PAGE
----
Is Chronic Opioid Abuse Associated with Cerebral Atrophy? An Observational Study

[Year:2020] [Month:April] [Volume:24] [Number:4] [Pages:5] [Pages No:276 - 280]

Keywords: General cerebral atrophy, Neuroimaging techniques, Probable association,Chronic opioid abuse

PDF  |  DOI: 10.5005/jp-journals-10071-23410  |  Open Access |  How to cite  | 

Abstract

Background: Recreational drug abuse is a serious health problem that poses detrimental effects on central nervous system. Neuroimaging plays a pivotal role in the detection of these abnormal changes in the brain associated with the drug abuse. This study focuses on the grading of cerebral atrophy in the opioid-addicted patients and their association with the age and duration of opioid abuse. Objectives: Grading of cerebral atrophy in opioid-addicted patients and to assess the probable association between chronic opioid abuse and cerebral atrophy in patients admitted to the intensive care unit (ICU) of a tertiary care hospital. Materials and methods: A retrospective study was carried out on 40 patients of opioid abuse who were admitted in the ICU of the hospital over a period of 2 years. Magnetic resonance imaging (MRI) scan of these patients was done using Siemens Avanto 1.5 Tesla scanner. Results: All the patients were male with 25 patients having varying degrees of cerebral atrophy as assessed from Pasquier scale. Majority of the patients (n = 14) on chronic opioid abuse had global cortical atrophy (GCA) score of 1 indicative of mild cerebral atrophy. The associated factors like the duration of abuse and age of presentation had significant association with the cerebral atrophic changes in the brain (p < 0.05). Conclusion: Opioid-dependent patients with long-term substance abuse had probable association with the atrophic changes in brain as assessed from neuroimaging. The progressing age and longer duration of drug abuse may foster significant alterations to the brain structure leading to varied degree of cerebral atrophy.

LETTER TO THE EDITOR

Vilvapathy Senguttuvan Karthikeyan, Venugopal Mohan, Jayaprakash Narayanan, Aswathaman Karthikeyan

Emphysematous Pyelonephritis Presenting as Pneumomediastinum: A Rare Case Scenario

[Year:2020] [Month:April] [Volume:24] [Number:4] [Pages:2] [Pages No:281 - 282]

Keywords: Emphysematous pyelonephritis, Pneumomediastinum, Urosepsis

PDF  |  DOI: 10.5005/jp-journals-10071-23409  |  Open Access |  How to cite  |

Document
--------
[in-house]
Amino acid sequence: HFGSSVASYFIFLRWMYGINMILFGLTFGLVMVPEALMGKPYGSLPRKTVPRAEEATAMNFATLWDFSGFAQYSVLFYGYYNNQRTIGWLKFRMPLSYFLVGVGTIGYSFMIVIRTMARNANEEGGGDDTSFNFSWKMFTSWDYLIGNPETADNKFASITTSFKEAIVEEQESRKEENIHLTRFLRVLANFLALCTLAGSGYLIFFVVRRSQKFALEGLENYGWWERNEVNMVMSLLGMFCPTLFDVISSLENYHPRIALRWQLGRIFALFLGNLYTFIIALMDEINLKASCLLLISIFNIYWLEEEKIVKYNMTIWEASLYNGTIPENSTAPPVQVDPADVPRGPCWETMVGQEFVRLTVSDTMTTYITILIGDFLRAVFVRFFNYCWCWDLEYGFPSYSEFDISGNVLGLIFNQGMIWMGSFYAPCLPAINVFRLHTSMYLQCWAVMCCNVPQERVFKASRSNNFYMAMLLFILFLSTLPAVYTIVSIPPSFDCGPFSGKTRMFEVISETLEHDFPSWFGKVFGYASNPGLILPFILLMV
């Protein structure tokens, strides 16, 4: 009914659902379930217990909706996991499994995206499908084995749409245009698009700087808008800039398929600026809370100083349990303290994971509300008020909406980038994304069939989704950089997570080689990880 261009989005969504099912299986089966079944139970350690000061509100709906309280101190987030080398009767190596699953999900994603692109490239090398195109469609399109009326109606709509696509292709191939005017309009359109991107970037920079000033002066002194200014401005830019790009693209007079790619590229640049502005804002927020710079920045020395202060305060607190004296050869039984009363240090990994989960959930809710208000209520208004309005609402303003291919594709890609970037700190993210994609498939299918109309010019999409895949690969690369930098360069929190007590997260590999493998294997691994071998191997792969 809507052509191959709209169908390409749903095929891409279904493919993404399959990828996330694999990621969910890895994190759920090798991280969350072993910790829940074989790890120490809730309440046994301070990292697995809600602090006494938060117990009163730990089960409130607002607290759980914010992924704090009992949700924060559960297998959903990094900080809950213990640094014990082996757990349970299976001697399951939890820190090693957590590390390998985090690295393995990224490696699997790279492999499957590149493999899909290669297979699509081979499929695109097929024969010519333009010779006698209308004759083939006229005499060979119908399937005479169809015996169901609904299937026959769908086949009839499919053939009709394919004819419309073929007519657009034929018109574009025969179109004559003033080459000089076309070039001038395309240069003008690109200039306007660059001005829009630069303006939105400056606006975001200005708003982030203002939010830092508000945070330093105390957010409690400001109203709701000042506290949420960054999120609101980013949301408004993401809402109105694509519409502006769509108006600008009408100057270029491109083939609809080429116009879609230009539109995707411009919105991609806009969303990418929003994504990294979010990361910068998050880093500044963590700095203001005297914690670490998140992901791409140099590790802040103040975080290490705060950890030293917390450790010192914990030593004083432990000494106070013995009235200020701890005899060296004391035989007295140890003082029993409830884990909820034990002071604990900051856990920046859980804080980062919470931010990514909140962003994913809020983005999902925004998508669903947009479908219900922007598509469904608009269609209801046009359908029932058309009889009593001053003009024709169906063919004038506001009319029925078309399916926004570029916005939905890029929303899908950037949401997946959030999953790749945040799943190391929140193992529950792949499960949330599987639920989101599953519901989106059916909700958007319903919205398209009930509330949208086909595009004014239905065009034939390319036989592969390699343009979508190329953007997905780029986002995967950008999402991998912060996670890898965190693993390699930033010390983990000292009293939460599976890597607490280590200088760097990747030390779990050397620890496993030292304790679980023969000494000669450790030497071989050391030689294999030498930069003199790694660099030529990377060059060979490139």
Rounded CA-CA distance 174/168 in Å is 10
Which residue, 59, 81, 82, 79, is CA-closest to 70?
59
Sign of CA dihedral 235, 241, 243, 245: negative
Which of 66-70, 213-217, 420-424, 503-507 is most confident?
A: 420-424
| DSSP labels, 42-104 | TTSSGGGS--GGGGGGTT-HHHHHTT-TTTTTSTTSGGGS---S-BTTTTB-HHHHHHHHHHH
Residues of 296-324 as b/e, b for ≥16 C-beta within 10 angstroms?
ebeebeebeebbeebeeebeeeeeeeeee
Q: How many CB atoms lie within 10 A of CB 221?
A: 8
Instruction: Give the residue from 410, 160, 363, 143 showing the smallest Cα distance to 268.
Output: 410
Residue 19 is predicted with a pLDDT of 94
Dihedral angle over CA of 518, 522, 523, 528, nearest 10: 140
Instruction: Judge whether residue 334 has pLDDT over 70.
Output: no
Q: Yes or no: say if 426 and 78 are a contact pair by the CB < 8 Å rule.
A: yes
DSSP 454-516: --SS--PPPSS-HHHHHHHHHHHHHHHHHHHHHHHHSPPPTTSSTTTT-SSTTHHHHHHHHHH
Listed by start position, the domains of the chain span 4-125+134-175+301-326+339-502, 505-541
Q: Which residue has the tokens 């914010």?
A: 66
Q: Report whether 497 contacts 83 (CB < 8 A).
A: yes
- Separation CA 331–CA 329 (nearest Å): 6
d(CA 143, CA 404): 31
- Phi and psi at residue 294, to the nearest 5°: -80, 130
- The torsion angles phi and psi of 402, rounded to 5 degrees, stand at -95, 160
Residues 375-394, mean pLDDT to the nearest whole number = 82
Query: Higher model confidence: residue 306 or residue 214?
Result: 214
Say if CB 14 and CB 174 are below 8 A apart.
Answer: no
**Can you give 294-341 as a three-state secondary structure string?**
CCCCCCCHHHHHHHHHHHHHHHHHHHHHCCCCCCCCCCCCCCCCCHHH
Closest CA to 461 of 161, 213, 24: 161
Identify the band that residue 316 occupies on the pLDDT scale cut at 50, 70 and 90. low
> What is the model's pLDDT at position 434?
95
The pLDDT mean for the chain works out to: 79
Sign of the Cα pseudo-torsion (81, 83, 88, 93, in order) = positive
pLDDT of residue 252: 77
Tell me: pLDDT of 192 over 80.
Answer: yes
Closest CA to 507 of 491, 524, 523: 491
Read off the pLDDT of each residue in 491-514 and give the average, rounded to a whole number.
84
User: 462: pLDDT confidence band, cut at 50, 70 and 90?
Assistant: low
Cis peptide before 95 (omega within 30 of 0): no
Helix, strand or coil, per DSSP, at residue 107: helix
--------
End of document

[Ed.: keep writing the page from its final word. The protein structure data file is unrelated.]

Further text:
Abstract

Emphysematous pyelonephritis (EPN) is characterized by fulminant necrotizing infection of the kidney and perirenal tissues. Emphysematous pyelonephritis presenting as pneumomediastinum is quite rare. A 65-year-old gentleman presented to us with respiratory failure on ventilator support and uncontrolled sugars. He had fever with chills, abdominal pain, and breathlessness. He was evaluated and computed tomography showed right Huang et al. class 3 EPN with pneumomediastinum. He also had renal failure, respiratory distress syndrome, and metabolic acidosis. Pigtail drainage of right EPN was performed. He succumbed to the disease despite treatment. This case highlights the rare presentation of EPN as pneumomediastinum.

LETTER TO THE EDITOR

Hu Xiao-Bo, Sahadol Poonyathawon, Bambang P Semedi, Zhang Xiao-Yi, Fang Wei, Wang Da-Wei, Ma Peng-Lin, Wang Chun-Ting

International-focused Online Forum: A Good Way to Jointly Manage the COVID-19 Pandemic for Global Critical Care Community

[Year:2020] [Month:April] [Volume:24] [Number:4] [Pages:2] [Pages No:283 - 284]

Keywords: Online forum,Coronavirus disease 2019, Mortality

PDF  |  DOI: 10.5005/jp-journals-10071-23408  |  Open Access |  How to cite  | 

LETTER TO THE EDITOR

Ahmad Ozair, Avinash Agrawal

Training and Delivery of Critical Care Medicine in India: Concerns Revealed by COVID-19 Pandemic

[Year:2020] [Month:April] [Volume:24] [Number:4] [Pages:2] [Pages No:285 - 286]

Keywords: Critical care, Graduate medical education, India, Intensive care, Postgraduate training, Resource limited, Surge capacity

PDF  |  DOI: 10.5005/jp-journals-10071-23404  |  Open Access |  How to cite  |